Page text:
Backup Your WordPress Site with UpdraftPlus

I want to increase awareness of the importance of backups. After an eye-opening incident, it was clear that WordPress backups need to be off-site – not on your hosting’s servers. Our favorite and free solution, a plugin called UpdraftPlus is perfect for this purpose, as it allows sending backup data to cloud providers. It does everything automatically and periodically. I hope this review of UpdraftPlus will save you from a catastrophic failure in the future.

The incident

It wasn’t that long ago that a hosting provider committed a mistake and the demo site of Justified Image Grid was down for several days. I could never have imagined that I need protection against errors of the host. Commonly, backups provide a safety net against the aftermath of hacks or human errors of the site owner. Granted, hosts deleting everyone’s data is rare, and often they have their backup. In this particular case, they had, but it was so off-site that it took forever to restore everything. Eventually, I forgave the host as I’m with them for almost a decade, but at the same time, I’m with open eyes, looking for a better alternative.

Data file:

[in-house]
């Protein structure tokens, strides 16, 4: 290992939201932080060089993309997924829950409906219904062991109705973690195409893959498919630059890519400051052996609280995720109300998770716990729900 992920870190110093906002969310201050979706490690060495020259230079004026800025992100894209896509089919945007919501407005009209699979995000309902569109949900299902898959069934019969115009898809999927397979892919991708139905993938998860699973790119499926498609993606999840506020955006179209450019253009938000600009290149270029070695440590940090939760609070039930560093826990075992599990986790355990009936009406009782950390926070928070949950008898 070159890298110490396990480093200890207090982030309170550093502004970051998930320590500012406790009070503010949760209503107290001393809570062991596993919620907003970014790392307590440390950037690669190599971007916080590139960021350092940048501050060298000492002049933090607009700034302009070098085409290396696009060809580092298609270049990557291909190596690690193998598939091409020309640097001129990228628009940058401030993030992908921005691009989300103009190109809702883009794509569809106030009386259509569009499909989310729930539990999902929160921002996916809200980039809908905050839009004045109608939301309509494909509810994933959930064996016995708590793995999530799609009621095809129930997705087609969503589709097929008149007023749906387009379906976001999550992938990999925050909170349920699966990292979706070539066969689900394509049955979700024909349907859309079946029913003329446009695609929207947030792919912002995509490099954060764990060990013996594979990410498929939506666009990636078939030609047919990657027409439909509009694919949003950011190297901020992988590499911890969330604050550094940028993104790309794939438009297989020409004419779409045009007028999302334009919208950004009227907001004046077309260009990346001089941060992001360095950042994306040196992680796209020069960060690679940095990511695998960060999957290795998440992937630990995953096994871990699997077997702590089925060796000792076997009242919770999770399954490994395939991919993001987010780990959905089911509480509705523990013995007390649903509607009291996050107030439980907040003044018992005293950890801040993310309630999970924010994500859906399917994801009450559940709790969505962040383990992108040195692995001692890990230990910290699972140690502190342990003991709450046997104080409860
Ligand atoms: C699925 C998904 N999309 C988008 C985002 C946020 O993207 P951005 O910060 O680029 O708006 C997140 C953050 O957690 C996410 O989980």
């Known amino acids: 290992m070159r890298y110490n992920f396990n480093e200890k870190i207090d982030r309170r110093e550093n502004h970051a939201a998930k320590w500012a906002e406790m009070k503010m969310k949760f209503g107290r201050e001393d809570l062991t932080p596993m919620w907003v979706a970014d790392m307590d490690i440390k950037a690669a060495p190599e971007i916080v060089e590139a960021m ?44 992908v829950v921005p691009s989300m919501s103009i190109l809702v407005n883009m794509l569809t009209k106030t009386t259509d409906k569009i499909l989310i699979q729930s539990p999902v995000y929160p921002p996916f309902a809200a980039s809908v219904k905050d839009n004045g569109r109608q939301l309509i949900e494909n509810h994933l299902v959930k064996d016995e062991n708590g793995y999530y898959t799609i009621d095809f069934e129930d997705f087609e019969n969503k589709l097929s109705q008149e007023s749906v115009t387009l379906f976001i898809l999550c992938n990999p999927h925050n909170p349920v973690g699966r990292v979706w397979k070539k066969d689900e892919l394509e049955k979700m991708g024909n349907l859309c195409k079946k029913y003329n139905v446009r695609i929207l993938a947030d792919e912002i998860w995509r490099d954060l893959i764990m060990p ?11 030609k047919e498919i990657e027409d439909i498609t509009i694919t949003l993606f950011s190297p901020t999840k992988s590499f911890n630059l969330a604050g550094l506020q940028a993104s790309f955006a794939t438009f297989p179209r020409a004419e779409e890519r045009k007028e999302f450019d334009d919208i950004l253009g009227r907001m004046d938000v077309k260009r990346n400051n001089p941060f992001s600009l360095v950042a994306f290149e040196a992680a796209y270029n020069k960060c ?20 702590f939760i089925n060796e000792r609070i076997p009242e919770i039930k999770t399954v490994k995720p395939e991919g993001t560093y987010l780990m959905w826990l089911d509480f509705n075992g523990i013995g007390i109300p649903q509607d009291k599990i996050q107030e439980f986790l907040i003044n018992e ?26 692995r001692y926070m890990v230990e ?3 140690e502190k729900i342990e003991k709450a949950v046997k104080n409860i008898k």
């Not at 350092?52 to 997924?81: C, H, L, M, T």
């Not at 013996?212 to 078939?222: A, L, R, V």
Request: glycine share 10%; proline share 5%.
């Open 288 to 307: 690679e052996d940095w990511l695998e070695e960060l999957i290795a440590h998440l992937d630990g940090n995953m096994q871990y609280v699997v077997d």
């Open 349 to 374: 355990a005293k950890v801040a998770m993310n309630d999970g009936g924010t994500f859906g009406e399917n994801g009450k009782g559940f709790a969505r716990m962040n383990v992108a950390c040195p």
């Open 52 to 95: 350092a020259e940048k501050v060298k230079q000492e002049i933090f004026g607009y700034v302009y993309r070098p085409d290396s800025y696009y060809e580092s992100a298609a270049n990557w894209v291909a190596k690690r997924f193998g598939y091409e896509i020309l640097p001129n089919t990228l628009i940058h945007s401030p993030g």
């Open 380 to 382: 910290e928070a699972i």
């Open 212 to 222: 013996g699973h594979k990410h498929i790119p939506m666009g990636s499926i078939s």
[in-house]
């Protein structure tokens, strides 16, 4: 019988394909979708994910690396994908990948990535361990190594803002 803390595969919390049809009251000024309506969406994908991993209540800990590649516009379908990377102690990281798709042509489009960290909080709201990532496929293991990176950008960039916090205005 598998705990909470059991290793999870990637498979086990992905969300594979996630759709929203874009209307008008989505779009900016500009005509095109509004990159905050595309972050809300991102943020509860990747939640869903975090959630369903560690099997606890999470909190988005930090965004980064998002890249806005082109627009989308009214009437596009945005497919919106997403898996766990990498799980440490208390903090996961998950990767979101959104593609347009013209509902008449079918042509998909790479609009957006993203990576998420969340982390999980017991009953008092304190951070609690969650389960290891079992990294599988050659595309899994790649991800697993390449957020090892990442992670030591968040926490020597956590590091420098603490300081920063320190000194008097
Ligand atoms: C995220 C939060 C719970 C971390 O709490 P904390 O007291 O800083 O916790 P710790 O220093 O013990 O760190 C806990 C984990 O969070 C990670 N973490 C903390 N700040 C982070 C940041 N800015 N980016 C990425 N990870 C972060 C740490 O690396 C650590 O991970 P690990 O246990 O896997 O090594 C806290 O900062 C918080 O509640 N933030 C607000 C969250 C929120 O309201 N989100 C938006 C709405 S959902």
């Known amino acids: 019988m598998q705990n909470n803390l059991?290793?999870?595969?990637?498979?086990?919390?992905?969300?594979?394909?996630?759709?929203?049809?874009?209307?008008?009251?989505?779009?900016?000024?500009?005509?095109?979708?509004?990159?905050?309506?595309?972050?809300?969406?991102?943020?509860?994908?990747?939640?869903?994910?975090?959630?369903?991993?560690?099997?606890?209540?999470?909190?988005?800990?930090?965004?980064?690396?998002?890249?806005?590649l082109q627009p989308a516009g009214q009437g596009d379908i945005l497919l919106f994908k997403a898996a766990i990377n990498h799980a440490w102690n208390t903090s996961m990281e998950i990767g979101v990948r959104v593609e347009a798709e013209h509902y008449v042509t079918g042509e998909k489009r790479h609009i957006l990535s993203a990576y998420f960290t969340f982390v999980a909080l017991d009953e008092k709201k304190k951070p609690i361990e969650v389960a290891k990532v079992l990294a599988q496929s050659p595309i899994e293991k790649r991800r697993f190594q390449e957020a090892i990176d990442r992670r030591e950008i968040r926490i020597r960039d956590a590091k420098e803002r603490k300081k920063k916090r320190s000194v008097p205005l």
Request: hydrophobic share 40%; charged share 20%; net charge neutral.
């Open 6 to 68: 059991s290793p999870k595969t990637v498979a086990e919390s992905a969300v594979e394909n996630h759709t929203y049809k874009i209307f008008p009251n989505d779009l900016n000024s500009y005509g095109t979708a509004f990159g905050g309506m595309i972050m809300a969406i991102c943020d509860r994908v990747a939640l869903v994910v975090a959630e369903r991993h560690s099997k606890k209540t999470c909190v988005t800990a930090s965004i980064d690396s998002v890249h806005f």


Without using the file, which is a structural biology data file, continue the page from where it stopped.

What’s worse is that I did have a backup solution, but I skipped the most important part: getting the data off the server. Off-site backups are commonly recommended for personal files as well. Those that religiously back up their data often say one backup is no backup. I could write a book about the peculiarities of backing up terabytes of personal files. Thankfully, a WordPress site backup is often way smaller and more manageable.

Features of the free UpdraftPlus

Fortunately, the free version offers every single feature that I need. Yes, it has a premium version, but I never needed it (sorry, devs!). The upsell is not strong with this one, unlike the competition. It’s not a plugin that is always in-your-face. It does its own thing in the background, silently. It’s even tucked away nicely in the Settings menu of the WordPress Dashboard.

What does it back up?

A significant factor in creating the backups that the plugin knows the difference in importance between the database and the files. Mostly everything that you do to your site goes into the database, such as your content. Regarding files, it knows what folders of a WordPress installation are irreplaceable, and where the common core files are. In turn, I can do weekly file backups but daily database backups. The data will not include the boring WordPress core, because you can always download a fresh copy of that. This practice helps to keep the backup files somewhat smaller and faster to create.

Existing backups UpdraftPlus

Regarding files, it creates three ZIPs: uploads, plugins, and themes. Their content corresponds to the respective folders on the server. The database file is fundamentally an SQL file. How often UpdraftPlus creates these is up to you, and it’s also possible to initiate them on-demand.

WordPress backup on demand UpdraftPlus

Remote storage options